In September, 10 indicators were in the red, a sharp deterioration from signs of strengthening recovery in August. This was mainly due to how global semiconductor shortages were choking the auto industry. As these problems persist, new global factors have emerged that are hurting India’s trade balance and the rupee’s exchange rate. Other pain points such as weak consumption growth and inflationary pressures also remained.
However, some indicators also posted their best growth in years. Three of the four indicators that were green, or above their five-year trend, are above pre-pandemic highs. The Purchasing Managers’ Index (PMI) in particular, a measure of business activity, hit a decade high.
Launched in October 2018, Mint’s Macro Tracking provides a comprehensive report on the state of the economy based on trends in 16 high-frequency indicators in four segments: consumer economy, production economy, foreign sector, and comfort of living. .
Some indicators have been on the rise in November so far. Since mid-October, a business recovery index managed by Nomura, which incorporates data on mobility, electricity demand and labor, has reached new highs every week. However, in a November 7 report, the brokerage also pointed to headwinds for medium-term growth, such as the impact of coal shortages on industrial activity in the coming months, as well as pressures inflationary and trade shocks. A full range of data for November will not be available until next month.
All four indicators of consumer economics remained in the red, but with slightly reduced severity.
The auto industry continued to be plagued by the already widespread global semiconductor shortage crisis, causing wholesale passenger car sales to drop 21% (annualized) from the same period two years ago. Vehicle registrations, which are more closely tied to retail sales, fell 5.3% year-over-year (year-over-year), marking the worst performance of the holiday season in a decade, a said the Federation of Automobile Dealers Associations (FADA).
However, domestic air travel continued to climb and reached its level closest to the level two years ago since the start of the pandemic. Domestic airlines carried nearly 9 million passengers in October, just 14% (annualized) below the October 2019 figure.
Tractor sales growth was below the five-year average, but in absolute terms the industry recorded its highest domestic sales on record in October due to resilient rural demand fueled by expectations of a large harvest, good sowing and easy credit.
The producing economy outperformed the consumer segment, driven by strong PMI growth due to widespread expansion in the manufacturing and service sectors. IHS Markit, the agency that publishes the data, noted the largest monthly expansion in new business in more than a decade, with no negative impact of price increases on demand.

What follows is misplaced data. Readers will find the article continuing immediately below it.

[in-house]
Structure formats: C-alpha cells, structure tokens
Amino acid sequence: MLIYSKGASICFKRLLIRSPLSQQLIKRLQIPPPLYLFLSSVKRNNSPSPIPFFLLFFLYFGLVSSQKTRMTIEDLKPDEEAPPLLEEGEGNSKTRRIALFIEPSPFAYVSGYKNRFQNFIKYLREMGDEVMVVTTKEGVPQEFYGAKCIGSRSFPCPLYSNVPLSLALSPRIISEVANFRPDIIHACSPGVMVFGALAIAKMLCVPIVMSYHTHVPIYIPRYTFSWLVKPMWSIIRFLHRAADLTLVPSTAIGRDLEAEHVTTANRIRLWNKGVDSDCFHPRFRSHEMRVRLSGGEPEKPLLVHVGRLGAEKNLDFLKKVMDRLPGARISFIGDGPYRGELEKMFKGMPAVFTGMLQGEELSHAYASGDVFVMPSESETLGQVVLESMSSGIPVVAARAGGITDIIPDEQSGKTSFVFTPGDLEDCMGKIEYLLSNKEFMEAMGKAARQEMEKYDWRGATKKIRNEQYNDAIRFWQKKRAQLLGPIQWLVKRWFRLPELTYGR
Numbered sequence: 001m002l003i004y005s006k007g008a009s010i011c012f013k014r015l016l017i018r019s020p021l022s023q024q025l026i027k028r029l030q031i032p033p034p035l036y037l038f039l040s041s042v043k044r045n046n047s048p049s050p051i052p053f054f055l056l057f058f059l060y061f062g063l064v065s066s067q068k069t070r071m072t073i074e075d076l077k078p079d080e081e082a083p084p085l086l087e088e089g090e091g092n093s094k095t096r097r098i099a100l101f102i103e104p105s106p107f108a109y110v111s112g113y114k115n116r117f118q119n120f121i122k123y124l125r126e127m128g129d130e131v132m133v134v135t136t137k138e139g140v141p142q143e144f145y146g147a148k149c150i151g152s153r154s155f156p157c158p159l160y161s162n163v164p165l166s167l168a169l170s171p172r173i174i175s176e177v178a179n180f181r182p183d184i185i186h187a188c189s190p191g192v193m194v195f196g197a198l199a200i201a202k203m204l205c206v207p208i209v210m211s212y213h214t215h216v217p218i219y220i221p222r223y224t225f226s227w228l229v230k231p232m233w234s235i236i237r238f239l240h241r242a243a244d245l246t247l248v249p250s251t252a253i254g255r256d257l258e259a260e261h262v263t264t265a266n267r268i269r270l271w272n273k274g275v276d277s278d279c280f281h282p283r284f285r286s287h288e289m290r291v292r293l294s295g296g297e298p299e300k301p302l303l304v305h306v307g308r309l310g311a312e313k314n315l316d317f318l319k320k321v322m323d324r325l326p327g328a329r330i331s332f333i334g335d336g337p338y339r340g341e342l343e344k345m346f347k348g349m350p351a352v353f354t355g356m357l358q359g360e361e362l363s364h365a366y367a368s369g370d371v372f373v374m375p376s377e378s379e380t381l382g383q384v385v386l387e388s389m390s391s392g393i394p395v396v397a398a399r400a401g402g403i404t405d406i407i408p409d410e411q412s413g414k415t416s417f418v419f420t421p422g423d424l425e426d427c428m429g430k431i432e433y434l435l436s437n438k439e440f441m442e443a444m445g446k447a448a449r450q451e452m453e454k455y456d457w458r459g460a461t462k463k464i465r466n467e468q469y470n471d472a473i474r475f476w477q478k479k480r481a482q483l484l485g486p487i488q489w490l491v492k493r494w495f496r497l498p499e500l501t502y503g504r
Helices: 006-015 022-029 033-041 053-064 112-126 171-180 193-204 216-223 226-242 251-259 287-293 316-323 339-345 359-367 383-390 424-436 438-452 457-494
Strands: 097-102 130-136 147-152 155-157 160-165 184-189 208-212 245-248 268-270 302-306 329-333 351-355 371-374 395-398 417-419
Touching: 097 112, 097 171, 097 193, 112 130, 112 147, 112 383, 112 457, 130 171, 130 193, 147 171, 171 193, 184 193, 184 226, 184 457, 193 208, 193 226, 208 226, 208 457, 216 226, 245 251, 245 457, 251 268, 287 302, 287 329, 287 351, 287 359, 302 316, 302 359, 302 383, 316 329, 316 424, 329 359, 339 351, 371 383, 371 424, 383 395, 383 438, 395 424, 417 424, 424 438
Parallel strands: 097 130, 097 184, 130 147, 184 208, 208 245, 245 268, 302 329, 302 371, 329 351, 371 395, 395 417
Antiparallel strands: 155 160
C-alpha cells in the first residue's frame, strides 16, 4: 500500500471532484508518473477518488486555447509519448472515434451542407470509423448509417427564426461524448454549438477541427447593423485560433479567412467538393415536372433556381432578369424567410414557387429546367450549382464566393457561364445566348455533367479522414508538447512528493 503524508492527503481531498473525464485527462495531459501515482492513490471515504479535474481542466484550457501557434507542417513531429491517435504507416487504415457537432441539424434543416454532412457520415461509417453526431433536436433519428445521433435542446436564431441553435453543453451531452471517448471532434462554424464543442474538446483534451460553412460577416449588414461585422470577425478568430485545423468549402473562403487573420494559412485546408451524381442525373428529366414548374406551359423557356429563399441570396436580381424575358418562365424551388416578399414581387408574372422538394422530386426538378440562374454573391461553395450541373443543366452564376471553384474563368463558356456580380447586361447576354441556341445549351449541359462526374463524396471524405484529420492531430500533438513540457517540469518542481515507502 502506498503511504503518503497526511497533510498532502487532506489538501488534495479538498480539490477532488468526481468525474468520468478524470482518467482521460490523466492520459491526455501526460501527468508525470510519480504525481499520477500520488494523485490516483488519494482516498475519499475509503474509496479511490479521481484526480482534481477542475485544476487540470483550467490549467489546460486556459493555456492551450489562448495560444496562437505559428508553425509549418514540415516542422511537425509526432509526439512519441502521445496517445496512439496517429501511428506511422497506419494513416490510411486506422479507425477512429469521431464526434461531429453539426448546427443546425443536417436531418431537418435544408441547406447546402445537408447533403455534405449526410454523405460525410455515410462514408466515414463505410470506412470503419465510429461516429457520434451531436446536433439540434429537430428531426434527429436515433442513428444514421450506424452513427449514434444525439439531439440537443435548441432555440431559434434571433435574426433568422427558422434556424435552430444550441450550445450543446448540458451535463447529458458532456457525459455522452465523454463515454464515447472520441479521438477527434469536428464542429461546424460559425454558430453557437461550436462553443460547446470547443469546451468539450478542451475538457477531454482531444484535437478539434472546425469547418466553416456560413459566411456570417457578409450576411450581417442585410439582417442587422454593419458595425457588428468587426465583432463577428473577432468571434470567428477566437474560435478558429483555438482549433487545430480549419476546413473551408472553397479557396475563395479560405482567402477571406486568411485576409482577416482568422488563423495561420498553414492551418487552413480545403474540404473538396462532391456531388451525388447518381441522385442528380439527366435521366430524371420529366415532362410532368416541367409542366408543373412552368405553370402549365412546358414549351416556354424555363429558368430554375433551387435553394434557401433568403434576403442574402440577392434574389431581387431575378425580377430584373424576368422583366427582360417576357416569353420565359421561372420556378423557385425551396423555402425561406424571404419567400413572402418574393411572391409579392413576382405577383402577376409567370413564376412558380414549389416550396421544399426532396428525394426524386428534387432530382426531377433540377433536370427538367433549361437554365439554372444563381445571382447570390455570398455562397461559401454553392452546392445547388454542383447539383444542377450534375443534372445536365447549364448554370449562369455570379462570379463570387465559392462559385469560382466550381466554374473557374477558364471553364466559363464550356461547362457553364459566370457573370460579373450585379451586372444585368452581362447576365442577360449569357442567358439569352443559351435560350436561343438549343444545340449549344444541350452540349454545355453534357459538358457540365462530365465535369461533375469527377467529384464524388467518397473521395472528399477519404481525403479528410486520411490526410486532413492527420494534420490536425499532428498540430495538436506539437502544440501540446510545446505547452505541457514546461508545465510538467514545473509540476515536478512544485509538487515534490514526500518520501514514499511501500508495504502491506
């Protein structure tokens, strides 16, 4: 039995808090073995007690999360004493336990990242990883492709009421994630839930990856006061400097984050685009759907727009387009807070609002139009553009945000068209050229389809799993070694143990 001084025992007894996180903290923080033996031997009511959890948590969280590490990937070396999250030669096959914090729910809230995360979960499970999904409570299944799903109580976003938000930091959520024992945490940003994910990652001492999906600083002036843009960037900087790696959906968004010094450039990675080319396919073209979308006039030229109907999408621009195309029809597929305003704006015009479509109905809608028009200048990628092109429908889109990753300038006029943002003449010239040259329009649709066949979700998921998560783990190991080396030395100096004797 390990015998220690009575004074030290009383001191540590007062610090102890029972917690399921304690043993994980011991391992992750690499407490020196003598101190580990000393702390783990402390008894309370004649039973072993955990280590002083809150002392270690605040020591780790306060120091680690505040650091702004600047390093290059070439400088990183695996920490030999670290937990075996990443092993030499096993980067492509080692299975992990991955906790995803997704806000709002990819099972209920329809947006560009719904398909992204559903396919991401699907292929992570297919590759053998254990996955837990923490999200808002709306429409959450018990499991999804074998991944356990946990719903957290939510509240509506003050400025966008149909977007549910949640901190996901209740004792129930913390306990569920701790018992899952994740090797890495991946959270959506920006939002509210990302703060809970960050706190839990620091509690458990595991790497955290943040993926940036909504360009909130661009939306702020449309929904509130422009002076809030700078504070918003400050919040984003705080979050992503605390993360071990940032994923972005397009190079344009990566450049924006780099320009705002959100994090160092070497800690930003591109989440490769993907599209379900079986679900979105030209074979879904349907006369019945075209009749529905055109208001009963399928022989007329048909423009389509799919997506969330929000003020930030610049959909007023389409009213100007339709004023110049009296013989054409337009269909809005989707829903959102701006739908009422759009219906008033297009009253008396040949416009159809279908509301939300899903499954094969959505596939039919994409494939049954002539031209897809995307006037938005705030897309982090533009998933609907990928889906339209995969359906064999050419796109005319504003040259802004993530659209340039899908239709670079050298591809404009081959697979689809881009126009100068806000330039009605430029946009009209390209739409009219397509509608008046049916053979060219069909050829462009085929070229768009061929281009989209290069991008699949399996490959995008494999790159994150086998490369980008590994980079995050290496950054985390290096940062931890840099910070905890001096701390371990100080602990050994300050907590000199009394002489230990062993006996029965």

Rail freight, the biggest contributor to rail revenue, also saw its fastest growth since data was collected for the tracker and was well above its five-year average.
At the same time, the performance of the external sector weakened with two indicators slipping into the red, against only one in September. The main cause is high crude prices and the depreciation of the rupee: the currency recorded its worst performance against the dollar since April, falling 1.8% in October.
The trade deficit reached record levels but remained high, mainly due to an increase in oil imports. Core imports, which exclude oil, are expected to remain high in the near term, due to import bills for coal amid domestic shortages and the possibility of easing supply pressures in sectors such as automotive, ICICI Securities said in a Nov. 3 report.
However, export growth in labor-intensive sectors such as tobacco, gemstones and jewelry, and jute manufacturing, among others, had its best month in nearly two years, with annualized growth of 6.4% compared to two years ago.
The comfort of life segment shows no signs of improvement. Retail price inflation edged up slightly even as the overall figure of 4.5% appeared to remain in the Reserve Bank of India’s (RBI) 2-6% range. However, this masks the base effect: a comparison over two years shows that inflation was outside this tolerance range (6%). Concerns about high global commodity prices could keep prices on the rise despite the reduction in excise duties on fuel.
Nomura economists expect the RBI to maintain its accommodative policy in favor of growth at least for this fiscal year. However, rising inflationary pressures could push this political normalization forward.
Meanwhile, the stress of the workforce is not steadily decreasing. A survey by the Center for Monitoring Indian Economy estimated the activity rate at 40.4% in October, down from 40.7%. Wage growth figures are not yet available for October.
With the sustained decline in covid-19 cases and improved vaccinations, India appears to have averted a third wave of the pandemic. In the near term, however, bottlenecks on the global supply side and high energy costs will be key to keeping the country on track for recovery, as October data shows.
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